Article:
What causes radiculopathy?
In older people, radiculopathy typically is caused by degenerative changes in the spine that cause the discs to become compressed or result in the narrowing of the spinal canal. In younger patients, radiculopathy is most commonly caused by a ruptured disc caused by trauma, but it can also be caused by disease or lifestyle factors such as careers that require long periods of standing or sitting or heavy or repetitive lifting.
What are the symptoms of cervical radiculopathy?
Cervical radiculopathy typically causes symptoms in the neck, arms, fingers and shoulders, as well as the upper back and chest, including:
- shooting pain
- muscle weakness
- numbness or tingling
- loss or reduction of reflex reaction
- difficulty coordinating movements of the fingers or hands
Symptoms often become worse with specific types of movements, such as turning the head or stretching or craning the neck.
How is cervical radiculopathy diagnosed?
The doctor will begin by asking you about your symptoms and asking you about what you were doing when you first noticed symptoms occurring. You’ll also be asked about any physical activity or lifestyle habit that might have resulted in the condition.
Next, a physical exam will be performed to check for range of motion in your arms and neck, evaluate your reflexes and muscle strength, and determine which types of motions result in pain. In some cases, an x-ray, MRI or CT scan may be ordered to help confirm diagnosis.
How is cervical radiculopathy treated?
In many cases, cervical radiculopathy will resolve on its own with rest and mild exercise. When symptoms persist, non-surgical options will be tried, including:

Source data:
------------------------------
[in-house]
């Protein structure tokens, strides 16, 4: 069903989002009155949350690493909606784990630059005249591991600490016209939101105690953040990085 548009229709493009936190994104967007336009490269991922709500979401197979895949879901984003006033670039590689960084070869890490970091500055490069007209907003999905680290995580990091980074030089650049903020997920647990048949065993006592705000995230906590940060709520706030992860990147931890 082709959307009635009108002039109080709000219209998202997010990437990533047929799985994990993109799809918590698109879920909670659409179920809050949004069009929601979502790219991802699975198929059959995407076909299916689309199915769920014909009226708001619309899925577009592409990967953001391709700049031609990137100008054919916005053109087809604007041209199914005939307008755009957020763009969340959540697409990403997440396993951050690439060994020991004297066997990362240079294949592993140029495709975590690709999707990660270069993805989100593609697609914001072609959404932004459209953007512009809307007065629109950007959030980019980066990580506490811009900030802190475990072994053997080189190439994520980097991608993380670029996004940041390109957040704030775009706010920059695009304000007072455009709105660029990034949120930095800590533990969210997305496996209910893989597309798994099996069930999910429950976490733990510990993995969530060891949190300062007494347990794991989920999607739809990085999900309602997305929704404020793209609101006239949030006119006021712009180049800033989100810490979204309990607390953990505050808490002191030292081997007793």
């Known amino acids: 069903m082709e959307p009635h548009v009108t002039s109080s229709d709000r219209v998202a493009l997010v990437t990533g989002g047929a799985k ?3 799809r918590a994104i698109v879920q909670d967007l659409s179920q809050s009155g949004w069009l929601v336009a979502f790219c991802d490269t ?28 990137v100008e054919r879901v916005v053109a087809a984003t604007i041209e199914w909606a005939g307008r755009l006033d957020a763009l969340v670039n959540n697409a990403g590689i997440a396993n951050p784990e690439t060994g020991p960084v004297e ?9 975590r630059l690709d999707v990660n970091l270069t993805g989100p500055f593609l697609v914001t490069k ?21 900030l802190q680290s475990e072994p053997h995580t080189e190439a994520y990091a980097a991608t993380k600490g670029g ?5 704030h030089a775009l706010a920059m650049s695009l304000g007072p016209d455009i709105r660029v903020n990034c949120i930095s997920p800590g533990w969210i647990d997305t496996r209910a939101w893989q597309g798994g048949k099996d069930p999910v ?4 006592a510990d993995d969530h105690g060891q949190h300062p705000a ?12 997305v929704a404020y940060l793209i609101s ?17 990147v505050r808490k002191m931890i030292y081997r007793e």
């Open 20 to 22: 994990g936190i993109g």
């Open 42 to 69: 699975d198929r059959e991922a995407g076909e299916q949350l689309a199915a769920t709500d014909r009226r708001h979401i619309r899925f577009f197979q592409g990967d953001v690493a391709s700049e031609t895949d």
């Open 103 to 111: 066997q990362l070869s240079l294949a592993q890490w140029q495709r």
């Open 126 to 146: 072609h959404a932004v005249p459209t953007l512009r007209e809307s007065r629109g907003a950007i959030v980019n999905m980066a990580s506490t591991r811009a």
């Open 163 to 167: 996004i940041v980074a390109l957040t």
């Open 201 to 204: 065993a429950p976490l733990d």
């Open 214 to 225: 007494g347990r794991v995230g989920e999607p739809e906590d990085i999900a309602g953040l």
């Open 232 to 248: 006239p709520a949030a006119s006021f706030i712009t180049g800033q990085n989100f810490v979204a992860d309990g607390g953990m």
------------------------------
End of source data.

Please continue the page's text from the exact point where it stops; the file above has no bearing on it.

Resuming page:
- physical therapy
- exercises to relieve pressure on the nerve
- anti-inflammatory and pain medications
- injections of corticosteroids to relive inflammation
In a very few cases, surgery may be required to relive symptoms.
What are the symptoms of lumbar radiculopathy?
Lumbar radiculopathy symptoms are similar to those of cervical radiculopathy, but they occur in the lower extremities – the legs and feet. They may include:
- tingling or numbness
- loss of reflexes
How is lumbar radiculopathy diagnosed?
The evaluation will begin with a thorough history of your symptoms, including what you were doing when symptoms first appeared. The doctor will also ask about your lifestyle, physical activity and lifestyle habits that could provide clues to your condition. Your reflexes will be checked and you’ll probably be asked to perform certain exercises or tasks to check for muscle weakness, range of motion, pain and loss of coordination or balance. In some cases, diagnostic imaging such as x-ray, CT scan or MRI may be needed to confirm diagnosis.
How is lumbar radiculopathy treated?
Like cervical radiculopathy, lumbar radiculopathy may be treated non-surgically or surgically when needed. Non-surgical treatment options include:
- physical therapy
- anti-inflammatory and pain medications to reduce pressure and relieve pain
- injections of steroids to relieve symptoms
When symptoms do not resolve after several weeks of treatment, surgery may be considered to decompress the nerve or to help stabilize the spine.
As noted, thoracic radiculopathy is rare, and typically causes symptoms similar to lumbar and cervical radiculopathy, but in the middle portion of the back and chest. Management is also similar, with non-surgical options followed by surgery only when absolutely necessary.
If you’ve been experiencing any of the symptoms of radiculopathy, it’s important to have your condition evaluated so you can ensure you’re managing it properly. Evaluation by a spine specialist can also ensure their aren’t other underlying medical issues that could be causing your symptoms.